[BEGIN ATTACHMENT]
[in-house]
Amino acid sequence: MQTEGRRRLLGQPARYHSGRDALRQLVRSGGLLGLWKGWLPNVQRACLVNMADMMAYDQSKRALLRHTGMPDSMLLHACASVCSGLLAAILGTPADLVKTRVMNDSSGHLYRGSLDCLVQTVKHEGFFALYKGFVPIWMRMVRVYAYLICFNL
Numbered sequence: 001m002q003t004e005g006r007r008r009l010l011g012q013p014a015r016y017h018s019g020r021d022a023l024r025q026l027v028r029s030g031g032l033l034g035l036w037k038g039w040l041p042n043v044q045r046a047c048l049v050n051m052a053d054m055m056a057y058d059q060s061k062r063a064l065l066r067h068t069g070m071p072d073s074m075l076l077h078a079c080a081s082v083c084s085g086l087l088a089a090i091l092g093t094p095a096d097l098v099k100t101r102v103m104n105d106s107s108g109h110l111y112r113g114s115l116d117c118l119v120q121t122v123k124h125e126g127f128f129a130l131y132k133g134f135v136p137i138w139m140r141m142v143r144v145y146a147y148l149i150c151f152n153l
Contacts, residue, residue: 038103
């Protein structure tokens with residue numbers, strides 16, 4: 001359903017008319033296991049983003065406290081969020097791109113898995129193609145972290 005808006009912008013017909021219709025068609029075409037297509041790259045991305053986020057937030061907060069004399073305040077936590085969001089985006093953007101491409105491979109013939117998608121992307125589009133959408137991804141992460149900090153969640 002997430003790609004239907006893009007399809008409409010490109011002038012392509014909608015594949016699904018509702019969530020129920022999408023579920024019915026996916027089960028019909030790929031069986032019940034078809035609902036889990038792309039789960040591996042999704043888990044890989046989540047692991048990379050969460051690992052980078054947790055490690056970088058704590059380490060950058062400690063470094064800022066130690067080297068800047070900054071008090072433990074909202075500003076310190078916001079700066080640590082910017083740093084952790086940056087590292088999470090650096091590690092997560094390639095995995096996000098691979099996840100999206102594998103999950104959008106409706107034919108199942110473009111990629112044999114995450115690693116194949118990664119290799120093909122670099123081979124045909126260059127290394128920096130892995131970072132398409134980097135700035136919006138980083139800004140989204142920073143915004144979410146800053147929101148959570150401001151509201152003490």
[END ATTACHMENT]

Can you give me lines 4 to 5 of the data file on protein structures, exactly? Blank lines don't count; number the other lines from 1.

Contacts, residue, residue: 038103
């Protein structure tokens with residue numbers, strides 16, 4: 001359903017008319033296991049983003065406290081969020097791109113898995129193609145972290 005808006009912008013017909021219709025068609029075409037297509041790259045991305053986020057937030061907060069004399073305040077936590085969001089985006093953007101491409105491979109013939117998608121992307125589009133959408137991804141992460149900090153969640 002997430003790609004239907006893009007399809008409409010490109011002038012392509014909608015594949016699904018509702019969530020129920022999408023579920024019915026996916027089960028019909030790929031069986032019940034078809035609902036889990038792309039789960040591996042999704043888990044890989046989540047692991048990379050969460051690992052980078054947790055490690056970088058704590059380490060950058062400690063470094064800022066130690067080297068800047070900054071008090072433990074909202075500003076310190078916001079700066080640590082910017083740093084952790086940056087590292088999470090650096091590690092997560094390639095995995096996000098691979099996840100999206102594998103999950104959008106409706107034919108199942110473009111990629112044999114995450115690693116194949118990664119290799120093909122670099123081979124045909126260059127290394128920096130892995131970072132398409134980097135700035136919006138980083139800004140989204142920073143915004144979410146800053147929101148959570150401001151509201152003490």